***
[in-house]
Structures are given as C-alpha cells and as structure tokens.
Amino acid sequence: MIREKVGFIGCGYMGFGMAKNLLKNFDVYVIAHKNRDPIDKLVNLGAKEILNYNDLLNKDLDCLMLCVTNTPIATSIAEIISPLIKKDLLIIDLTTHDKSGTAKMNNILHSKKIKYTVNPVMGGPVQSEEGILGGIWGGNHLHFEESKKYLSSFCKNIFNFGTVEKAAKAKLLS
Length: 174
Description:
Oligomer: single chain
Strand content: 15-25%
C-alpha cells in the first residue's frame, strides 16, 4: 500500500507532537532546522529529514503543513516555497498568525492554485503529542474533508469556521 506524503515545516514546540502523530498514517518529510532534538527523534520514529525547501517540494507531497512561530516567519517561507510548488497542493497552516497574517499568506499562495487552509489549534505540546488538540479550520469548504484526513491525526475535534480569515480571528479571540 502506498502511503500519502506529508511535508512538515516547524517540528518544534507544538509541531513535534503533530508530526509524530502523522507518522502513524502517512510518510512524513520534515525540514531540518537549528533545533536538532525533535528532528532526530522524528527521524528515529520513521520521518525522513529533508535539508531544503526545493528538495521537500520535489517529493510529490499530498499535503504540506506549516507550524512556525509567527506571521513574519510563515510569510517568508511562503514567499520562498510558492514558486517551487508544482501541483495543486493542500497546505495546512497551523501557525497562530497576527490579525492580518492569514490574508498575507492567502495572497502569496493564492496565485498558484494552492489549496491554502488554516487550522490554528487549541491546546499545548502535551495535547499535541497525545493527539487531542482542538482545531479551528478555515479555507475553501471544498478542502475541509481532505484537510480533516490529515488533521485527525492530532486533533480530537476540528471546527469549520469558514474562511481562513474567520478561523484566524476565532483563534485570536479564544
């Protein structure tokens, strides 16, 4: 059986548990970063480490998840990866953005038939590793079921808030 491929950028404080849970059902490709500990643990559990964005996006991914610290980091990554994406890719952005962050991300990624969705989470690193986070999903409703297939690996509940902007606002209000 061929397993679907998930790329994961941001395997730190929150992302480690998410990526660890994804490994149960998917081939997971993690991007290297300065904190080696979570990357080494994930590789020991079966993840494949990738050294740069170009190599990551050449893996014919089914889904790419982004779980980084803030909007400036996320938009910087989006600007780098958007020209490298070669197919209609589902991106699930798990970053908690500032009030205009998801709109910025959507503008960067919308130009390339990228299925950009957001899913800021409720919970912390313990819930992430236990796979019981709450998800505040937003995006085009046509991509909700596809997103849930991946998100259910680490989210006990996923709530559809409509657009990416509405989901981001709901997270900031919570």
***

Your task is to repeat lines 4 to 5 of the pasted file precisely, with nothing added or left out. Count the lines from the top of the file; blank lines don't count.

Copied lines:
Length: 174
Description: